To increase the trilateral trade Volume with CARs, the Adviser said that the Pakistan-Uzbekistan Transit Trade Agreement was signed in 2021 at Tashkent and both the countries discussed opening banks in each other’s country. “We are negotiating Preferential Trade Agreements (PTAs) with Afghanistan, Azerbaijan and Uzbekistan”, adding, transit trade agreements were also being negotiated.
The advisor said that for truck movement, their negotiations were at an advanced stage. Replying to another question on Information Technology exports, he said that there is a lot of scope to increase exports in Information Technology (IT) from non-traditional sectors at present.
The current annual $ 2.5 billion IT exports are very low, “We now have an annual export target of $ 4 billion this year, he said.
Razak Dawood said that there was a need to promote export culture in the country at present and the government wanted to increase exports on priority basis.
He added that Micro Small and Medium Enterprises (MSMEs), that use e-Commerce platforms, are around five times more likely to export than those in the traditional economy and the policy aims to pave the way for holistic growth of e-Commerce in the country by creating an enabling environment in which enterprises have equal opportunity to grow steadily. He stressed that the way forward for Pakistan on the economic front is to focus on exports, specifically IT related exports.
While informing about the current export situation, he said that because of prudent economic and trade policy of the government, Pakistan export target of USD $15.125 was achieved in the first half of FY 2021-22 from July-December.
From July-December 2021, Pakistan exports were USD$ 15.125 billion and the target for the first half of the current FY, were USD$ 15 billion, said. Razak Dawood said that Pakistan’s exports during December 2021 increased by 16.7 percent to USD$ 2.761 billion as compared to USD$ 2.366 billion in December 2020, showing an increase of almost USD $400 million.
Grants of up to PKR 20M on offer from USAID for Pakistani companies seeking to export to US and to receive FDI.
During Jun’22, technology exports were up 12% YoY to $ 235mn. During FY22, technology recorded exports worth $ 2.6bn (38% of the overall services’ exports) marking a 24% YoY jump.
Analysts say growth hindered due to government indifference, inconsistent policies
Despite being entirely free from the cumbersome process of acquiring Letters of Credit (LCs) and not being dependent on imports for its raw material, the export volume of the information technology (IT) sector only grew a meagre 5% in November year-on-year (YoY). Analysts are laying the blame for this low number on the government’s indifference towards unconventional export sectors.
Speaking to the Express Tribune on the condition of anonymity, an official from the Ministry of Information Technology and Telecommunication said, “Globally, IT companies’ exports grow in hundreds and thousands of times, a potential that Pakistan has in abundance but cannot tap into due to inconsistent policies. The cooperation of the finance ministry, Federal Board of Revenue (FBR) and State Bank of Pakistan (SBP) is crucial in this regard.”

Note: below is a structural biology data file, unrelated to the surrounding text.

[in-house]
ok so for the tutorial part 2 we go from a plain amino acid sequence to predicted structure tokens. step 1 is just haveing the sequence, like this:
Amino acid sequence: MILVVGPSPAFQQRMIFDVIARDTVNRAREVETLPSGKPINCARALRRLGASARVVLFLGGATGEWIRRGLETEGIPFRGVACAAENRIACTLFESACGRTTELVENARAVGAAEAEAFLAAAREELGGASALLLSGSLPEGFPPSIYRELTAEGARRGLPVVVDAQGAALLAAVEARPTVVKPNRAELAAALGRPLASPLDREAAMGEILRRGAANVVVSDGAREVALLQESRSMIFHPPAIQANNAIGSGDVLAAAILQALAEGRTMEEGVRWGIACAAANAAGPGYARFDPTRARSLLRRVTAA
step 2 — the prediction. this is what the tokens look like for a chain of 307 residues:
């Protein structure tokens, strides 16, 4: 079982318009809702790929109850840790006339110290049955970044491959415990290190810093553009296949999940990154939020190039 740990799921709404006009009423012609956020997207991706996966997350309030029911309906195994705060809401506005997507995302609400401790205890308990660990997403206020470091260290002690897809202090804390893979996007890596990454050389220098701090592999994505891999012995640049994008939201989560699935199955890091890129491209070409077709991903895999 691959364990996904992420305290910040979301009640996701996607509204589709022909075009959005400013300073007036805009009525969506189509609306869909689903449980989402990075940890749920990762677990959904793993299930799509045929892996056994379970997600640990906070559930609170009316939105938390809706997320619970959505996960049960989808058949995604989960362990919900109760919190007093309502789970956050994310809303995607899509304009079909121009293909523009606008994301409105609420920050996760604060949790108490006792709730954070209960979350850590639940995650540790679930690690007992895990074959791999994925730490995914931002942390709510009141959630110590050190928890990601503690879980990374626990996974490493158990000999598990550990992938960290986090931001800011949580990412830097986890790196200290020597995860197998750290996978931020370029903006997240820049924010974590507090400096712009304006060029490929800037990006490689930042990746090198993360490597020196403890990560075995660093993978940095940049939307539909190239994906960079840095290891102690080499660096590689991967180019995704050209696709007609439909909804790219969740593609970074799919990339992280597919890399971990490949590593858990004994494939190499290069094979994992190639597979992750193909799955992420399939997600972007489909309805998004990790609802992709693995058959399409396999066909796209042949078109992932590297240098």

“Any suggestion given to them by our ministry, however, is ignored,” said the official, lamenting that, “People in the government do not understand the export potential held by the IT sector.”
According to a Topline Research report by IT Analyst Nasheed Malik, “Pakistan’s IT exports for November 2022 increased by 5% YoY to $233 million due to a 29% jump YoY in telecom services. The exports also increased by 5% month-on-month (MoM) due to a 15% MoM increase in telecom services and 3% MoM in computer services.”
“The latest export number is also above the six-month rolling average of $221 million. Exports, however, are down by 10% from a peak of $260 million recorded in March 2022 but managed to cross the $230 million mark set in June 2022,” said Malik.
However, on a broader level, a slowdown is being witnessed with YoY growth averaging 6% in the last six months (June to November 2022), compared to the average growth of 17% YoY in December to May 2022.
“The IT Ministry has set an export target of $3 billion for FY2023,” said Malik, adding that, “With a current fiscal year monthly average rate of $217 million and a six-month rolling average of $221 million, there are concerns about whether Pakistan will be able to achieve the set target.”
In the five months of FY2023, IT exports are up by 3% YoY to $1.09 billion – the slight growth was witnessed due to a 5% YoY growth in computer services to $864 million.
According to a report conducted by Arif Habib Limited, the SBP’s reserves currently stand at around $6.7 billion, the lowest since January 18, 2019. Including the banks’ reserves of $5.9 billion, the total foreign reserves in the country stand at $12.6 billion – amounting to an import cover of less than one month – 0.99 months to be exact.
ICT Expert Parvez Iftikhar said, “So far, no government has been able to comprehend that the IT sector can help the country earn dollars without incurring any huge expenditures on raw material imports. This just indicates the lack of understanding in the government’s finance management team that decides on taxes and concessions.”
“If we equip our youth, however, with in-demand skill sets, facilitate them with in/out dollar payments, and high-quality internet connectivity, they’re quite capable of doubling the country’s exports within two years,” claimed Iftikhar, adding that the solution “isn’t even out-of-the-box!”
Si Global CEO Noman Ahmed Said told the Express Tribune that, “It is no secret that Pakistan is currently facing one of its worst economic crises yet and whilst the tech sector has consistently outperformed, it is no longer feasible for it to continue doing so at a snail’s pace.”
“Growth has slowed, but the trend still remains positive,” said Khurram Schehzad, CEO of ABCore.